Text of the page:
I recently wrote about my ‘disappointment’ that the world of design was not how I had envisioned it as an aspiring young designer many years ago. The world of drinking Perrier and espressos while undertaking a creative meeting around a walnut burr boardroom table couldn’t be further from reality but rather than simply disappoint, this caused me to question the very nature of the ‘design world’ we promote in the classroom.
I have no doubt the walls of your classroom have pictures of the usual poster boys and girls; Ives, Dyson, Hadid, Arad, Starck, Foster etc. Some of you may even go off at a tangent and add in Rams, Gray, Bruer, Le Corbusier et al but how many have got posters up of Douglas Engelbart, Gunpei Yokoi, Willis Carrier, Martin Cooper or Tomislav Uzelac?
No, me neither but try getting through a day without a device that was designed or inspired by them. Perhaps their ‘products’ will sound more familiar: the computer mouse, the Game boy, air conditioning, the mobile phone and the MP3 player. Now, that’s more like it; a list of everyday items we can’t somehow live without, especially on hot days, and don’t underestimate the influence of the Game boy on handheld and portable gaming next time you fire up Candy Crush on the tube for a quick game.
These are just a few of the designers and inventors responsible for items that we use every single day. They identified a need or a gap in the market and created products which have become part of our everyday lives yet how many of us know their names or background stories and what exactly is it that defines a celebrity designer?
Celebrity is defined as ‘fame and public attention in the media’ but it’s not just applicable to design of course. Almost every industry has its well known celebrities from motor racing to baking, authors to actors and even farmers and interior decorators. What makes one stand out from their peers is often a combination of looks, personality and that thing once called the ‘X- Factor’ before it became synonymous with a TV talent(less) show. It’s not always talent.
So, back to the world of design and why certain designers achieve that ‘celebrity’ status. Did Jonny Ive design the famous Macintosh computer, iPhone or iPod? I know he was responsible for the look of some of the later devices but how many did he actually create? Very few I imagine and there are still those who would say that Steve Jobs designed the Mac…when in fact it was a team of less ‘camera friendly’ techs including Steve Wosniak. Did Dyson invent the vacuum cleaner, or the cyclone? No he harnessed the force of nature from one and put it into a device invented in 1901 removing the need for dust bags in the process. Did Marcel Bruer really champion the cantilevered steel tube chair and therefore become the poster boy of the Bauhaus…or was it the lesser known Mart Stam? I will let you guess who was awarded the European patent.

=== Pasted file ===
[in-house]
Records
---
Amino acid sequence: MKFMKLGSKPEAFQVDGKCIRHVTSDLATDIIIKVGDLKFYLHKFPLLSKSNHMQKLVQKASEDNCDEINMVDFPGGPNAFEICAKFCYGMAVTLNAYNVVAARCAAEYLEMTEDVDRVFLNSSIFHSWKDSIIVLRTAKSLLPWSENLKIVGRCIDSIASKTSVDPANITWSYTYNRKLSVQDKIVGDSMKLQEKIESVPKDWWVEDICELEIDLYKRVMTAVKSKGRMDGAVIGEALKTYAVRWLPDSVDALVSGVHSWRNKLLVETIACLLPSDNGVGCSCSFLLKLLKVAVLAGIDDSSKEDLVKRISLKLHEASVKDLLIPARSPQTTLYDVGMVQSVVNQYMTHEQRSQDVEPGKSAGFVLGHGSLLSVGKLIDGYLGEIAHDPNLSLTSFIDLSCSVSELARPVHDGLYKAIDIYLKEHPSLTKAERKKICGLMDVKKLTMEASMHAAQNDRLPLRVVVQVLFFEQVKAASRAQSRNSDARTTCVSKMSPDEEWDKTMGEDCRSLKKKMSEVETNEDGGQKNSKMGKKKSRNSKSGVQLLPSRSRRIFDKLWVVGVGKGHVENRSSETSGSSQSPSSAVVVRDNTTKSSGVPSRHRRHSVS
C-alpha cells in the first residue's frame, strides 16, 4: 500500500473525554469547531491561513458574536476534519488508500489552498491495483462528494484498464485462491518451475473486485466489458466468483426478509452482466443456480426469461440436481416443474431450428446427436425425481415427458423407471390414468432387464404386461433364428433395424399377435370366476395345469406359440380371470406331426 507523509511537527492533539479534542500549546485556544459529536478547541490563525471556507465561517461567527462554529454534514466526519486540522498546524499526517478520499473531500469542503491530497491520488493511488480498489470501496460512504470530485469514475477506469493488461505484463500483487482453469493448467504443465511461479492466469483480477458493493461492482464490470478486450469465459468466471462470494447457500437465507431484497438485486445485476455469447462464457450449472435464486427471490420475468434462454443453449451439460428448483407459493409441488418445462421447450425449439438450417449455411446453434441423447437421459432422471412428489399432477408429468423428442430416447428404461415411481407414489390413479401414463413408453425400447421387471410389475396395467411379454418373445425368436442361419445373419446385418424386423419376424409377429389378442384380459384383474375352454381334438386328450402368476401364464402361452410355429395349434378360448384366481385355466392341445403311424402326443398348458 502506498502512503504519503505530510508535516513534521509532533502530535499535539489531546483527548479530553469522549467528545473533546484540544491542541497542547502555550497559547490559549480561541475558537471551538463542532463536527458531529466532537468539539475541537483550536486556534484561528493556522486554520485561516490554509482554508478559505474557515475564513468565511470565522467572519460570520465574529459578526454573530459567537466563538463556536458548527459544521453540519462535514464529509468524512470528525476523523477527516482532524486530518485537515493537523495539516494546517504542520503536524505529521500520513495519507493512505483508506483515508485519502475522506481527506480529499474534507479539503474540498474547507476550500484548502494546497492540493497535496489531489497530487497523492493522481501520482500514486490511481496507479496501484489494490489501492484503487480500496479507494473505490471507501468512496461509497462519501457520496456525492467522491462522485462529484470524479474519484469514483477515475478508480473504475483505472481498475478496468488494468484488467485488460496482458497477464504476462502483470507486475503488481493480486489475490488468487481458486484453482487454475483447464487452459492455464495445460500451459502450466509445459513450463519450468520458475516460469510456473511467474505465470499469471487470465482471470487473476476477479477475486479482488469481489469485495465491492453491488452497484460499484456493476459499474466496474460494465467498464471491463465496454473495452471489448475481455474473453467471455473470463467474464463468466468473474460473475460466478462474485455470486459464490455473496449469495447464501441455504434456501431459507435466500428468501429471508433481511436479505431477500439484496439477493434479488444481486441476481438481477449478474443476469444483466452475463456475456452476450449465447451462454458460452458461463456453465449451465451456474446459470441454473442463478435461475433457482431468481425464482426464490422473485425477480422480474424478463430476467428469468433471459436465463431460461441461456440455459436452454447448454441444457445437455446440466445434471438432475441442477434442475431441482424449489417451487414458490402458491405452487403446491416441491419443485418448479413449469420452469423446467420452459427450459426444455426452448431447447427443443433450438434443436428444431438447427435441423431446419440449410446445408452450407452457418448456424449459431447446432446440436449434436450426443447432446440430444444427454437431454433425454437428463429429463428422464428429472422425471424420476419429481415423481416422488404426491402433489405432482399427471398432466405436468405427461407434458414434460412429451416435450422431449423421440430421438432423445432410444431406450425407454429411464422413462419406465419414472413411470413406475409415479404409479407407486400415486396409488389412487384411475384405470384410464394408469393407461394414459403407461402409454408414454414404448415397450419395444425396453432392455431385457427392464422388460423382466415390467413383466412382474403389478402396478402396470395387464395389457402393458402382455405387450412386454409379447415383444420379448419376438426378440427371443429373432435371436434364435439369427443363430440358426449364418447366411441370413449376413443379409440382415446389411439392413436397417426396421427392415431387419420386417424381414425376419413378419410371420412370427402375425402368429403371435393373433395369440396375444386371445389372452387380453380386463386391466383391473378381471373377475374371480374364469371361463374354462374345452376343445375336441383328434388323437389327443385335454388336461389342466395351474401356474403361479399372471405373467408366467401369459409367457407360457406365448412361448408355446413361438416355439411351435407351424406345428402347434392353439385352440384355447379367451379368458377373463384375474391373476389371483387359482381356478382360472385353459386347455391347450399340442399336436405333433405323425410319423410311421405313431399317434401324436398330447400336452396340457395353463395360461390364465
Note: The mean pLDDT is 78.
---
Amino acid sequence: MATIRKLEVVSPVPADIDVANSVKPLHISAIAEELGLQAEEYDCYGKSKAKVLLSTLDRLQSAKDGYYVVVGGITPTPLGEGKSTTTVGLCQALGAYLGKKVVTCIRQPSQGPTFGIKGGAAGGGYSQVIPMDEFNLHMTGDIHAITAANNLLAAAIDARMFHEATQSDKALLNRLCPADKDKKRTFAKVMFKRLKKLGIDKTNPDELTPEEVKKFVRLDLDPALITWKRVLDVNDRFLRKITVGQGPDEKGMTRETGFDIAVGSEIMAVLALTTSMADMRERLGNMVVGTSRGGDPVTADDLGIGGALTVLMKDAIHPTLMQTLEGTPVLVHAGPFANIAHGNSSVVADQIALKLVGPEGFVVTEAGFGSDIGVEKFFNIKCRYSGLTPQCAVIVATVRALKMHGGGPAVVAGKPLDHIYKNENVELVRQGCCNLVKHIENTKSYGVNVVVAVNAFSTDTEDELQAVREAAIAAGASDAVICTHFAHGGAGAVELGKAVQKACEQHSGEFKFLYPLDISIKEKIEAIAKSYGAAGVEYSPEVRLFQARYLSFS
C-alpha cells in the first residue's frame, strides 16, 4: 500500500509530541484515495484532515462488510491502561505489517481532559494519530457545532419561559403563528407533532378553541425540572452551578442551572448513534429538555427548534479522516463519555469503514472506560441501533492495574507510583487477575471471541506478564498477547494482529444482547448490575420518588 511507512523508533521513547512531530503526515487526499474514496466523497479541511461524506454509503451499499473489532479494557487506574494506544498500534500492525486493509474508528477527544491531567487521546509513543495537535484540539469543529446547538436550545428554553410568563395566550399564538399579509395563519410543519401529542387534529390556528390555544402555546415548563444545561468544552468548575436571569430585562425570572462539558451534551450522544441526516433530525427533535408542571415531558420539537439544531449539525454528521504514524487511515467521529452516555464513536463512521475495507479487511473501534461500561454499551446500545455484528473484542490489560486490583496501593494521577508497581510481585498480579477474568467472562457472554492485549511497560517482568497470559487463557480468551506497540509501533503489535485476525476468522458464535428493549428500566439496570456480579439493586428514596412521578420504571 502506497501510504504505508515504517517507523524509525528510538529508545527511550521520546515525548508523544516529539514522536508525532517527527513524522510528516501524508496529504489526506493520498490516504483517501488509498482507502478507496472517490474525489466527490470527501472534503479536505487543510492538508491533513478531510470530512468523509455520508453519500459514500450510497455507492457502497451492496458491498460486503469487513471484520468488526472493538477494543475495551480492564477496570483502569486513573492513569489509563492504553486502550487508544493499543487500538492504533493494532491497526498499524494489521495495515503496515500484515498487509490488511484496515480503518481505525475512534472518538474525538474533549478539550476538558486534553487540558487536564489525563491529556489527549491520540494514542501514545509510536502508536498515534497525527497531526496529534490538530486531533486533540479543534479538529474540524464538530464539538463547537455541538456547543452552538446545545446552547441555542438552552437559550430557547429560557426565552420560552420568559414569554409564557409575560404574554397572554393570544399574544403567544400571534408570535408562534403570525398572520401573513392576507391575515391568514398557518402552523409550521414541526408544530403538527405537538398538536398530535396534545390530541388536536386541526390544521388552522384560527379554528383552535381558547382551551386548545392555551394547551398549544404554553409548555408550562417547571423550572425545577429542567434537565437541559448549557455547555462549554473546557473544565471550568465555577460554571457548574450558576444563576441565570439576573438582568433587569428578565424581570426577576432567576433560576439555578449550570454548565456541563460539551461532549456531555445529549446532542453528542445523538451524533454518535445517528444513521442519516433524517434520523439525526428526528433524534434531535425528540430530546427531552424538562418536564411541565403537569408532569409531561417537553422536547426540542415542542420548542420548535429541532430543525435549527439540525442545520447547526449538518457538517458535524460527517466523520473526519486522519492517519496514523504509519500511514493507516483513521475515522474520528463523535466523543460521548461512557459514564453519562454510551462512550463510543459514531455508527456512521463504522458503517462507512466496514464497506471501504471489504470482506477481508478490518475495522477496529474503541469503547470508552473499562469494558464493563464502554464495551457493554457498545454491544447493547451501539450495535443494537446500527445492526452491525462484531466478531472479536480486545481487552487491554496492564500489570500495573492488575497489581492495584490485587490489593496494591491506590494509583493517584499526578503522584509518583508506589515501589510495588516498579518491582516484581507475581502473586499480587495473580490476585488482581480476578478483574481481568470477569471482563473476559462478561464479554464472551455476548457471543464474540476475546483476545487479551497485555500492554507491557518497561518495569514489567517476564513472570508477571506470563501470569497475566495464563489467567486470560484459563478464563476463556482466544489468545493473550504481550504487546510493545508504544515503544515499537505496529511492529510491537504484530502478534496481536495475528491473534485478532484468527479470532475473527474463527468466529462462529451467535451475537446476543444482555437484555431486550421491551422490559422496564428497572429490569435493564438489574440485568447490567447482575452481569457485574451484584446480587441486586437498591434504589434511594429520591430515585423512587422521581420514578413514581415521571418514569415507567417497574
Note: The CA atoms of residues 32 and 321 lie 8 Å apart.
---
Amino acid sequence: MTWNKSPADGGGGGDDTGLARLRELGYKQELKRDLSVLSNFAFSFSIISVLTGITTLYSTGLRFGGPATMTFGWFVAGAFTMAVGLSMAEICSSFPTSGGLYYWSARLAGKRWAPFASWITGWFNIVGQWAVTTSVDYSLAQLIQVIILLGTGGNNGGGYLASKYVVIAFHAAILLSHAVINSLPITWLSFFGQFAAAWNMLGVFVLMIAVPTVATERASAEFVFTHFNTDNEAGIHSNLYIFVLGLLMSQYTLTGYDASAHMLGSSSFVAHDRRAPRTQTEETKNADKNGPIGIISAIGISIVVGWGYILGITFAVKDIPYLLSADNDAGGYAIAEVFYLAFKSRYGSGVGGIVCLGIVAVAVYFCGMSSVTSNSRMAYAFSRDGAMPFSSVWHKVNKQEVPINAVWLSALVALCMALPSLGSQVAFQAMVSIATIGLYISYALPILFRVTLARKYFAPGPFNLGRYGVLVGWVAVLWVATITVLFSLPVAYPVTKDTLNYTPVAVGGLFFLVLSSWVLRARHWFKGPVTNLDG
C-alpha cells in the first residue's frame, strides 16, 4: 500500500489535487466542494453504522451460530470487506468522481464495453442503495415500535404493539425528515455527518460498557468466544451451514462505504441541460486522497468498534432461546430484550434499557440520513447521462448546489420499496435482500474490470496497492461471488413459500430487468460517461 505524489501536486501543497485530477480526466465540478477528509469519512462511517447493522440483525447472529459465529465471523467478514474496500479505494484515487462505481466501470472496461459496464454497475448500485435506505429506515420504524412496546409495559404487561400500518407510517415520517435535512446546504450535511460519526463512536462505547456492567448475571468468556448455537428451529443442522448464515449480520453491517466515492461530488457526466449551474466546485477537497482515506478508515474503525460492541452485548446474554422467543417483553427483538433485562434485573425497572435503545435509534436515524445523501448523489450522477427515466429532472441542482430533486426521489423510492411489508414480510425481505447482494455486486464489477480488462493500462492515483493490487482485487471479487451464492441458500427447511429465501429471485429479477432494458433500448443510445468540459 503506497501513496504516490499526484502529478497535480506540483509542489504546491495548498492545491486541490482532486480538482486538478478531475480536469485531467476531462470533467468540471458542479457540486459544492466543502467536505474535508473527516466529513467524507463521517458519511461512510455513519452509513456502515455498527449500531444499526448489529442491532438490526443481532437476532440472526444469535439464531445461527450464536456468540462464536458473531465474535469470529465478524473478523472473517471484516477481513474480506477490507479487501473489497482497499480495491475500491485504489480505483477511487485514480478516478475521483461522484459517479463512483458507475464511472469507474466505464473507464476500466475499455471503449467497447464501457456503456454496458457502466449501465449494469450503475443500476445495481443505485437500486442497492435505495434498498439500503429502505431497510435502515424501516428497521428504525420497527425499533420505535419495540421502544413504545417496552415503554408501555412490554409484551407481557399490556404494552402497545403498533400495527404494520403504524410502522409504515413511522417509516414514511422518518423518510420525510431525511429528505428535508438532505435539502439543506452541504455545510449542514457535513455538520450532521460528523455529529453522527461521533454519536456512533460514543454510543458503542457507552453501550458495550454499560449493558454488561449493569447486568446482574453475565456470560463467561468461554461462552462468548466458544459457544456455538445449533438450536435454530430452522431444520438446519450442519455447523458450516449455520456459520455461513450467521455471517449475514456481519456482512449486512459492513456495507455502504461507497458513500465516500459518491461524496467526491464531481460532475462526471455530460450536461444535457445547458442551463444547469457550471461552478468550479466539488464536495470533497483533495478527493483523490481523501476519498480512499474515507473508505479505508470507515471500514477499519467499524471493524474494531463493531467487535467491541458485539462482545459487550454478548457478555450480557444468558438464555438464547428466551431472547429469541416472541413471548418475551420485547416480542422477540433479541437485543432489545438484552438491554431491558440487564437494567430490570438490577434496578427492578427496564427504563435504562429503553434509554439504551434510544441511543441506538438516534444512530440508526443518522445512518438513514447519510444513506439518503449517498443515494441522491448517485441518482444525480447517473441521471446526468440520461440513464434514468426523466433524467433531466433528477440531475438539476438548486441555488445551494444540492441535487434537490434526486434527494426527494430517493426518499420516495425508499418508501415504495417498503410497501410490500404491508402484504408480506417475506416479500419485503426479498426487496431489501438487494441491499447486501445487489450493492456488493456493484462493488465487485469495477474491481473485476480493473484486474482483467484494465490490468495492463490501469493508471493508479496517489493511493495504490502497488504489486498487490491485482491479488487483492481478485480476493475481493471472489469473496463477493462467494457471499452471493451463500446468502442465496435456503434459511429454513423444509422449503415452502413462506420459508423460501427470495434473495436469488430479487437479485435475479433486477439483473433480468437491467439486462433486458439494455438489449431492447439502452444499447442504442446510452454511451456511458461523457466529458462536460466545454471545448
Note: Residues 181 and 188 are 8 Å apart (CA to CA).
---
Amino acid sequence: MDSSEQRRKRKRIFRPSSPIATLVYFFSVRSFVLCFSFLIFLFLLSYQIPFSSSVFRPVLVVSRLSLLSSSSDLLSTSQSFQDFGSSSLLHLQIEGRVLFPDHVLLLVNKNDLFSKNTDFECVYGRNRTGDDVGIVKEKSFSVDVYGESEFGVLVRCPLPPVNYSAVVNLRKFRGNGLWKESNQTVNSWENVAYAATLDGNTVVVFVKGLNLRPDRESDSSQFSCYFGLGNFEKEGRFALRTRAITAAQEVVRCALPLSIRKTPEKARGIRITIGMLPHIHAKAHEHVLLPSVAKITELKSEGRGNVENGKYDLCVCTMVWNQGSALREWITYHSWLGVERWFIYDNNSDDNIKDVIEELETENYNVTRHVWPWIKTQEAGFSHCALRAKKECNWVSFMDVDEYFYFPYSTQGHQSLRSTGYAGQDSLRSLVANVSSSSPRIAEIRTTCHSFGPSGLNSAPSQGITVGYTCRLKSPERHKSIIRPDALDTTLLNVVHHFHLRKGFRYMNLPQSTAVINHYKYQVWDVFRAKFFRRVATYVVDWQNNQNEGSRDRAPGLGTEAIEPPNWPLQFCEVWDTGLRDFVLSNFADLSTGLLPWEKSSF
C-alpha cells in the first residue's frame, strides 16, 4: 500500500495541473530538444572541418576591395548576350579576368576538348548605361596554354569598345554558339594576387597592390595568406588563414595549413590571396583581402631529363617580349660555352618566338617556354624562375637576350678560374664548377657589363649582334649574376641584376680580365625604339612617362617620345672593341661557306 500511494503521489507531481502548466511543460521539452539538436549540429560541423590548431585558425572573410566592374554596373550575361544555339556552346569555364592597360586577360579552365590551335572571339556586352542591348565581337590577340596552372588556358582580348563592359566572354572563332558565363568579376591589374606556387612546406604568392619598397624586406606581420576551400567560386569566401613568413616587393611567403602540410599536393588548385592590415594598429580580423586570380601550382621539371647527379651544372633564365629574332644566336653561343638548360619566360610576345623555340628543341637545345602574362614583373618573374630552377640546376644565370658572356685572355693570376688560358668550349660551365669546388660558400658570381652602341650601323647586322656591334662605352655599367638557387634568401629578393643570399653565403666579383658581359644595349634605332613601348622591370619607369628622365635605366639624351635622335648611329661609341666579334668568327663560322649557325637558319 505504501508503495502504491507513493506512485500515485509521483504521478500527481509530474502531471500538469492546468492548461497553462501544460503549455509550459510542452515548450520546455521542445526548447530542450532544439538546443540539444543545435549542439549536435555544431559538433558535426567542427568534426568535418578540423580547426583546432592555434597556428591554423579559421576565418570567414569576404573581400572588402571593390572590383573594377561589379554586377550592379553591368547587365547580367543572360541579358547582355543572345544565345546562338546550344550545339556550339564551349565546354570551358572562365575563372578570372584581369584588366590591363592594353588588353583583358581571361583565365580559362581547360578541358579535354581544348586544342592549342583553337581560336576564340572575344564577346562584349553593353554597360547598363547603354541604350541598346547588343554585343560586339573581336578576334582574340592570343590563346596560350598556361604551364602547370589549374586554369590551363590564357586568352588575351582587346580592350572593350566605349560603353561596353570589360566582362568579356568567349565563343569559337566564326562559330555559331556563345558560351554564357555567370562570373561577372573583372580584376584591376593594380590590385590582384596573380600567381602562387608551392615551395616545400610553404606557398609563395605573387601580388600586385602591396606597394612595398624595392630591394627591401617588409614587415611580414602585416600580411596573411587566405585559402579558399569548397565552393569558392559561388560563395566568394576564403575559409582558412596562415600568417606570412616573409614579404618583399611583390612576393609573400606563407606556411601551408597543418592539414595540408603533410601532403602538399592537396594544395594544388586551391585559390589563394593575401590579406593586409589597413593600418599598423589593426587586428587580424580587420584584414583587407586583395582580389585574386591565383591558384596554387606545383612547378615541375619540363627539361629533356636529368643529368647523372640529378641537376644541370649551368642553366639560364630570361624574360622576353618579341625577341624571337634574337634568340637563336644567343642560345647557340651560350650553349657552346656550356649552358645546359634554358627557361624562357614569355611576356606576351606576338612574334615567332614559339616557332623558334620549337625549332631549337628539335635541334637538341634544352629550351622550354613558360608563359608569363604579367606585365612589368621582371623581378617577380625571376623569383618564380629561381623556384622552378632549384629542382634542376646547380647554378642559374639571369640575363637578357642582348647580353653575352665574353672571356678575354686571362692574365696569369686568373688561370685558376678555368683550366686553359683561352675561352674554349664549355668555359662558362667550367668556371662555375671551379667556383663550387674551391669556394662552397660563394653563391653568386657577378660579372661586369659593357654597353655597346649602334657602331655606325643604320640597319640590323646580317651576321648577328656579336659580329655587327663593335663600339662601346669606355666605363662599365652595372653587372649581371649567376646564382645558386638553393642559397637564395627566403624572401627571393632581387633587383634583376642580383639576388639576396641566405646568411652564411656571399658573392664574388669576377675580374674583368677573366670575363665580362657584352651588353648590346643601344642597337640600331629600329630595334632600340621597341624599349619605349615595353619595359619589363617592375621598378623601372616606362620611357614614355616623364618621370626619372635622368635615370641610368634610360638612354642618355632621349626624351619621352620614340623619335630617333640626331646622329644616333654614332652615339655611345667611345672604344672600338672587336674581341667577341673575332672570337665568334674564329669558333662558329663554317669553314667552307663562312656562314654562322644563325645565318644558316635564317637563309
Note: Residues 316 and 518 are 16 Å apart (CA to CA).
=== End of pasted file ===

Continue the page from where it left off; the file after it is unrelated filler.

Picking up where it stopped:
I am not detracting from the accomplishments of these designers which, in Dyson’s case, are perhaps a better case study for business? I am however pointing out that for every Robert De Niro there is a hard working and talented young actor working shifts as a waiter to make ends meet between jobs. Talent does not always equate to financial or career success and conversely the clothes you are wearing now are no doubt comfortable, practical and attractive while not necessarily designed by a celebrity. Whether these designers are inventors, innovators, stylists or all of the above I will leave for another blog but there are hard working designers out there making products you need, rely on or enjoy without you ever knowing their names.
So, instead of setting another assignment on these already pervasive designers, what about a real challenge to identify the names behind products that are essential to us and perhaps say a little thank you to them for making our lives a little better. Perhaps you could make a list of everyday items we rely upon and find out the story behind them. As a warm up why not try this to challenge the preconceptions of today’s ‘yoof’:
1. Who invented the computer? (Clue: it wasn’t Apple)
2. Who invented the smartphone? (Hmmm: it wasn’t Apple)
3. Who invented the smart watch? (Again: it wasn’t Apple)
4. Who invented the tablet computer? (Surprise: it wasn’t Apple)
5. Who invented the ‘iPod’? (Technically: it wasn’t Apple)
For the record, I do appreciate the difference between design and invention but humour me. For those who realise Apple don’t dominate the world of design or simply want to discover the real heroes behind everyday design, try these:
1. Who designed this year’s best selling family car in the UK?
2. Who invented the first nylon bristle toothbrush?
3. Who invented the Pot Noodle?
4. Who invented Gore Tex?
5. Who invented knock down furniture?
6. Who designed the logo for Google?
Again, invention and design should be seen as part of the same process as an idea still needs to be realised in a form that can be distributed as a product. More on this in a future blog but for now please do consider the world of design that exists behind the glossy veneer of the celebrity and make it your goal to educate students that, as satisfying and rewarding a career as design can be, not everyone will be the next Rylan…and that’s probably a good thing. Which reminds me, I must find out who invented fake tan and teeth whitening.
Paul taught Design and Technology for 23 years in a range of schools with stints as HOD and Head of a Creative Arts Faculty as well as teaching Art, ICT, Photography and Media Studies. He is currently taking a break from education to return to the design industry.
His Subject Genius blog was shortlisted for the 2016 TES Awards.